Confusion swirls in San Francisco’s mysterious, ill-advised internet voting project

Officials scramble to explain, but instead of addressing mistakes, one says: ‘It’s all good’

For my last tech column of the year, I’d like to return to one of the great, enduring mysteries of technology at City Hall in 2021: A strange internet voting project and $1.5 million federal grant that no one seemed to want to claim or discuss.

Everything was clearly explained and made right at a Dec. 15 Elections Commission meeting, where top city officials stepped forward, told simple truths, took responsibility for mistakes and explained a way forward.

Just kidding. It is San Francisco City Hall, after all.

Instead, officials told different stories, adding to the confusion of a debacle that should have been openly discussed and dismissed in the first place. This was a case study in the lack of transparency that may be the single biggest problem in our city government.

For the uninitiated, here’s a quick history:

Experts agree there’s no way to effectively secure the practice of internet voting from hackers. And it’s not legal in California.

Despite that, in October Elections Commissioner Chris Jerdonek discovered that four city departments — the Department of Emergency Management, Department of Technology, Mayor’s Office on Disability and Department of Elections — quietly secured a $1.5 million federal grant to explore a tech-based remote voting project to assist disabled voters in the broader Bay Area.

In the proposal, the Department of Emergency Management said the project would include technology to “electronically submit the ballot to a county Election Department.” In other words, internet voting.

That set off alarm bells. A dozen top experts blasted the idea. Online voting would be a huge target for our adversaries to really hack our elections, experts said.

The instigators had a chance to clear this up at the Dec. 15 meeting, but this is what happened instead:

Francis Zamora, the chief of staff at The City’s Department of Emergency Management, told the Elections Commission that “we recognize there is some confusion,” but that can be put to rest because the officials have “made the decision to modify this project” to exclude anything about online voting.

Because the project involves other Bay Area counties as well, Craig Dziedzic, general manager of the Bay Area Urban Areas Security Initiative, a multimunicipality emergency-preparedness body, took the virtual mic. And he unloaded.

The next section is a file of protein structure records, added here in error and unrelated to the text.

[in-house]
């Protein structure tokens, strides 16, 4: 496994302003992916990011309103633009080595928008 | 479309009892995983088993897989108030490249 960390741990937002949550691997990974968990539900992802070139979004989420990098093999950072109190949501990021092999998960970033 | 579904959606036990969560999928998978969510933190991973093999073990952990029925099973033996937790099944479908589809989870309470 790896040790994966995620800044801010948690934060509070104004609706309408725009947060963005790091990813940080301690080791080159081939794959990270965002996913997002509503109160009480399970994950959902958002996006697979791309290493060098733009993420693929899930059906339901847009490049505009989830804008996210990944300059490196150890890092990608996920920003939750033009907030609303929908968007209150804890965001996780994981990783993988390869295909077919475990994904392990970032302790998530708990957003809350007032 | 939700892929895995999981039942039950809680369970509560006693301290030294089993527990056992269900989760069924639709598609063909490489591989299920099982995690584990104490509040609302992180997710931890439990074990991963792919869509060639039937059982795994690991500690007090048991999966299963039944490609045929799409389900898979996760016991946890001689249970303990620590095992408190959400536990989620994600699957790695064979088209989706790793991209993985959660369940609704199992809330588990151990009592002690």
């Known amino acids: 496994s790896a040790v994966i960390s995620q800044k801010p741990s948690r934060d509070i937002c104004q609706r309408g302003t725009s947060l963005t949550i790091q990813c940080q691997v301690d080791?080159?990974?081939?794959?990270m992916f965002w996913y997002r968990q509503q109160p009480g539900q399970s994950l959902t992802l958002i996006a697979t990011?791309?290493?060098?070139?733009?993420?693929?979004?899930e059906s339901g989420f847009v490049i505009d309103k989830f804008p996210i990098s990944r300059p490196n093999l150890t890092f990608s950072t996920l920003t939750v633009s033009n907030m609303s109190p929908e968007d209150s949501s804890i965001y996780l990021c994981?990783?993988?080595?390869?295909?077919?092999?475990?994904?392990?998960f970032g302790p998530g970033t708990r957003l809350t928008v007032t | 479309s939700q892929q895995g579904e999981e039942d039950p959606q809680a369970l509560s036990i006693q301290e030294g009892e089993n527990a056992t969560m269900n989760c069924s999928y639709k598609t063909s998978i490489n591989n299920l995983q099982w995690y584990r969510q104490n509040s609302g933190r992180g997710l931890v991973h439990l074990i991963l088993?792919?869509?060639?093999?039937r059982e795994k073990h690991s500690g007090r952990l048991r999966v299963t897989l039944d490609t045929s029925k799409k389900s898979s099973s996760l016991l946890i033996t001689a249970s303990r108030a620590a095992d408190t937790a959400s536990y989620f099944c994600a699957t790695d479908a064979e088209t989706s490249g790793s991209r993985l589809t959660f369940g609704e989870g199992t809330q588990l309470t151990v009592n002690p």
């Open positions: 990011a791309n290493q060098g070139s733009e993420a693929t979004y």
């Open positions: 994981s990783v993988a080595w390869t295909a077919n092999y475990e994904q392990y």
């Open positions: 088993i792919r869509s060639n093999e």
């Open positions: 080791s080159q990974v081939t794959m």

“This has nothing to do with online voting,” he thundered, and any suggestion to the contrary “equates to something like a conspiracy theory.”

The chair of the Elections Commission, the unflappable Lucy Bernholz, gently reminded him that “there are direct references” to internet voting in the proposal for the project. (Remember, one of the goals was to “electronically submit the ballot to a county Election Department.”)

The next speaker was The City’s top technology official, Linda Gerull, who made more than $350,000 last year in total compensation, according to city records. She shook the entire Etch A Sketch, wiping out everything the previous two officials said.

The project was to look into “a voting assistance tool. Any sort of current online system” in an effort to help disabled voters verify their identity so they can securely vote independently. “We are very well aware of how to implement this technology correctly,” she said. “We are a leader in the region for cybersecurity.”

As a result, she said, after the revision removing online voting from the plan, “It’s all good. I think the way the project is phased now is all good. We’re here to support the project.”

This project was not “all good.” An illegal and insecure internet voting project for the entire Bay Area was proposed by San Francisco city departments that acquired federal funding but never fully disclosed the scope to relevant city officials or cybersecurity experts.

Asked if she believed the project was handled well, Gerull wrote in an email, “I was clear that the intent was to allow disabled residents to independently identify and authenticate themselves which is the first step to securely using automated systems.”

“The project will proceed in 2022,” Gerull wrote, “and will also include other jurisdictions besides SF, which is great.”

One person who does not think the project was “all good” and “great” is San Franciscan Barbara Simons, a Berkeley Ph.D. in computer science and former Stanford professor who was appointed by two U.S. senators to the federal government’s Election Assistance Commission Board of Advisors.

“This proposal was, in fact, about internet voting,” she told the Elections Commission at the meeting. “Internet voting is fundamentally insecure.”

Simons said the shadowy project was extremely risky. “If this hadn’t been caught, if internet voting had somehow been implemented in the greater Bay Area, it would have opened a Pandora’s box for a lot of people who would like to impact our elections.”

Transparency is a huge issue at a City Hall recovering from a widespread corruption scandal. Let’s do better in ‘22.

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